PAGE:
I realize the headline may open up a can of worms all by itself.
But I am prepared for your hate, CelticsHub readers. I even welcome it.
Picking up on Brian’s post yesterday on the possibility the Celtics might tinker with their roster before the trade deadline, I believe the player the Celtics should look to move is Nate Robinson.
Robinson has a reasonable contract ($4.2 million this year, $4.5 million in 2011-12) and can contribute in the right role, but because of the makeup of the Celtics roster, its outstanding needs and his diminutive size, he seems likely to be watching the majority of the playoffs from the bench, just like he did last year.
On a healthy Celtics team, Delonte West would be the primary backup to Rajon Rondo. This is hardly news. Pressed into service by the Rondo/West injuries, Robinson has proven capable at times, and incapable at others but by now we know he belongs at shooting guard. The Celtics have come to this conclusion as well, cutting bait on Robinson as a point guard (or trying to, anyway).
Robinson’s main offensive credential is his 38% three-point-shooting (it’s certainly not his career-low 11.31 PER). To be fair, the long ball has been welcome, especially on a bench unit that has struggled to score. But Robinson is shooting a meager 31% from 16-23 feet. And those two areas represent the bulk of his offensive game. Shots from the three-point-arc and the mid-range comprise 74% of Robinson’s total shots taken.
(It seems to me that one of the reasons you rarely see Robinson dunk in a game is because he’s not effective taking the ball to the hoop against larger defenders. And that’s pretty much all of them. He remains a prime candidate to have his shot blocked in those scenarios, which is why he usually drives to pass or settles for pull-up jumpers).
The other problems with Robinson are that he doesn’t play consistently hard enough on defense, gives up significant size to every 2-guard he might see from April to June even when he does, and six years into his career, still regularly struggles with decision-making on the floor.
In summary, I think he’s a borderline rotation player on a championship team. No more. And potentially a lot less.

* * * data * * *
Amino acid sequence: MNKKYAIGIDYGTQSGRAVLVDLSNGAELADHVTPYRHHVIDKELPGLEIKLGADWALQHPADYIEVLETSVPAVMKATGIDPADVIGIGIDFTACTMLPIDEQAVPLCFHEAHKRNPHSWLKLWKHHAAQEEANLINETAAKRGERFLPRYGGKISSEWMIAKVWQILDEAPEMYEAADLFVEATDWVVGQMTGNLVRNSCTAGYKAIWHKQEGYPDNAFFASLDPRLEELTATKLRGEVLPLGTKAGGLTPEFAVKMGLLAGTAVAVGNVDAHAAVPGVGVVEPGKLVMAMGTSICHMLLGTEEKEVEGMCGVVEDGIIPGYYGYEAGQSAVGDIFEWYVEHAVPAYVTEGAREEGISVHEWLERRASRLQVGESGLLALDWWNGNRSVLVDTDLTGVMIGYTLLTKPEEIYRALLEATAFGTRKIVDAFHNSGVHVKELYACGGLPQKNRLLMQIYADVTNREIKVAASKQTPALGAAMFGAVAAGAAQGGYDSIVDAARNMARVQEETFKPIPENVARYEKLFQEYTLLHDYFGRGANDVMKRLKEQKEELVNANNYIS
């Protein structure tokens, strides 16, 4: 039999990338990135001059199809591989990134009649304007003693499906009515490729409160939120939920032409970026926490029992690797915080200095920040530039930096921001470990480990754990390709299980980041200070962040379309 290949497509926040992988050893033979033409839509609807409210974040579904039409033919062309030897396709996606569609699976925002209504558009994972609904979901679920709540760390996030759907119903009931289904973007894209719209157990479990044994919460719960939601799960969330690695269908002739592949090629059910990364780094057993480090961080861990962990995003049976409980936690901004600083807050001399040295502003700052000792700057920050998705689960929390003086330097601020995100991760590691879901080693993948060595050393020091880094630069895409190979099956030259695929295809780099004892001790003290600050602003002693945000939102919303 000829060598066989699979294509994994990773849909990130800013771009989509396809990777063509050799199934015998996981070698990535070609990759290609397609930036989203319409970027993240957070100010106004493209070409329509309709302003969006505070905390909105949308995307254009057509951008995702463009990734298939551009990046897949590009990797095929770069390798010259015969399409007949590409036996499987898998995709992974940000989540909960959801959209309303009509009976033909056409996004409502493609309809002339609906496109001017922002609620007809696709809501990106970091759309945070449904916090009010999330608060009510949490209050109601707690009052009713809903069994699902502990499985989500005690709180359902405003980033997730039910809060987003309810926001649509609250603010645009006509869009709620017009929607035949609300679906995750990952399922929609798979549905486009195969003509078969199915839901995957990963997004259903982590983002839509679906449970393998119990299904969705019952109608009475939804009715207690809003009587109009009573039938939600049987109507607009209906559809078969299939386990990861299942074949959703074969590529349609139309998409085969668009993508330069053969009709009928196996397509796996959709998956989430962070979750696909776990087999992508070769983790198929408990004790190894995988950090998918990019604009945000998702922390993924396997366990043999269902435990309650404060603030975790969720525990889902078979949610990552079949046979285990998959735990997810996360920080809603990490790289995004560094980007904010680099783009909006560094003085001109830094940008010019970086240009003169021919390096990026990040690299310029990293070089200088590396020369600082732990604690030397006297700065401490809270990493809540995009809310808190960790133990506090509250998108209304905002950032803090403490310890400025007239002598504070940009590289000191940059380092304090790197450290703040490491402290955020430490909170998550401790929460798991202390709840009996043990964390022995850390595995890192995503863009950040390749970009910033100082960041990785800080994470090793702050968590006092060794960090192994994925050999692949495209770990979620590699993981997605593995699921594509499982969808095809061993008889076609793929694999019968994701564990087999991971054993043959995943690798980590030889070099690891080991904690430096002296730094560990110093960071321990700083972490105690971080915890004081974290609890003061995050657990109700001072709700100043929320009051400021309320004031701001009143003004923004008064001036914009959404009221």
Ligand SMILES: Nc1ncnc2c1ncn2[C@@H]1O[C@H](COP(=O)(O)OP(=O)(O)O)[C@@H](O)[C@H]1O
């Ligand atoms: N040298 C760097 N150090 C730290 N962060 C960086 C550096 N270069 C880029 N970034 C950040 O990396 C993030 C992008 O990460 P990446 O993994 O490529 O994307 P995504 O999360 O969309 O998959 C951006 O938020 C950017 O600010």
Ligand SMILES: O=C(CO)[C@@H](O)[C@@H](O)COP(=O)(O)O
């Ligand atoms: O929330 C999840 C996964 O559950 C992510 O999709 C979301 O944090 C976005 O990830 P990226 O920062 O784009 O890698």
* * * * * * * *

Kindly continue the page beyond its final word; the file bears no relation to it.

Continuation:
After the jump, I’ll try and follow this Nate-Hate through to its logical conclusion:
If Robinson can’t crack the C’s playoff rotation, what kind of player could?
The obvious need (so says me, anyway) is a big, strong wing player who can back-up Pierce and Allen against players like Dwayne Wade, Lebron James, Kobe Bryant, Joe Johnson, Manu Ginobli and perhaps even Gilbert Arenas and Derrick Rose. All of these guys are potential trouble spots for the Celtics on their route to banner #18 and the C’s bench, even at full strength, could use additional help to deal with them.
Remember how Pierce struggled offensively against the Cavaliers last year in the playoffs? Remember how much energy he exerted covering James and how it hampered his offense? It’s going to happen again. Both Pierce and Allen are a year older and looking down the barrel of elite offensive player after elite offensive player for two months.
The Celtics need to get their two wing scorers a break from that kind of pressure if they hope to get offense out of them on the other end of the floor. You’ve seen what happens when Pierce and Allen don’t produce – the offense goes in the toilet.
Now, Daniels could make life difficult for many of those opposing players. But history suggests he may not make it through to June without an injury. And I don’t think the Celtics can go into the playoffs with Von Wafer as the only other viable backup at the 2/3 spot besides Quis.
So, that’s the area of need:
A 1) defensive-oriented wing player with 2) size and 3) strength who could also, ideally, 4) hit the three-ball at a decent clip.
Robinson only fills up one of those four categories.
Which is why he should be in play.